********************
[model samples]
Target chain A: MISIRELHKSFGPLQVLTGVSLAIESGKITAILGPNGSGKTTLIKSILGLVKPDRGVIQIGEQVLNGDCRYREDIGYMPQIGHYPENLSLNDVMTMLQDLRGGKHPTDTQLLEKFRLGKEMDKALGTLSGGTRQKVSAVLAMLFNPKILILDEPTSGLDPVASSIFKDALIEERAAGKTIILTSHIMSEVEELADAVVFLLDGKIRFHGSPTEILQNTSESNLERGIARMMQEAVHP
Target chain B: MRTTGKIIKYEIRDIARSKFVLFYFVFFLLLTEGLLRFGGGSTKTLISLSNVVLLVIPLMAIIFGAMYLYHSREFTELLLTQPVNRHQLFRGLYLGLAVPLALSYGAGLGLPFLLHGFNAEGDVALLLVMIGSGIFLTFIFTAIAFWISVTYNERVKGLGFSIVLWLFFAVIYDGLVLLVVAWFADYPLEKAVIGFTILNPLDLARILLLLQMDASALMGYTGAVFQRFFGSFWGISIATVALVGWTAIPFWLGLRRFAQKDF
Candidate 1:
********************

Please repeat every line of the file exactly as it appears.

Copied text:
[model samples]
Target chain A: MISIRELHKSFGPLQVLTGVSLAIESGKITAILGPNGSGKTTLIKSILGLVKPDRGVIQIGEQVLNGDCRYREDIGYMPQIGHYPENLSLNDVMTMLQDLRGGKHPTDTQLLEKFRLGKEMDKALGTLSGGTRQKVSAVLAMLFNPKILILDEPTSGLDPVASSIFKDALIEERAAGKTIILTSHIMSEVEELADAVVFLLDGKIRFHGSPTEILQNTSESNLERGIARMMQEAVHP
Target chain B: MRTTGKIIKYEIRDIARSKFVLFYFVFFLLLTEGLLRFGGGSTKTLISLSNVVLLVIPLMAIIFGAMYLYHSREFTELLLTQPVNRHQLFRGLYLGLAVPLALSYGAGLGLPFLLHGFNAEGDVALLLVMIGSGIFLTFIFTAIAFWISVTYNERVKGLGFSIVLWLFFAVIYDGLVLLVVAWFADYPLEKAVIGFTILNPLDLARILLLLQMDASALMGYTGAVFQRFFGSFWGISIATVALVGWTAIPFWLGLRRFAQKDF
Candidate 1: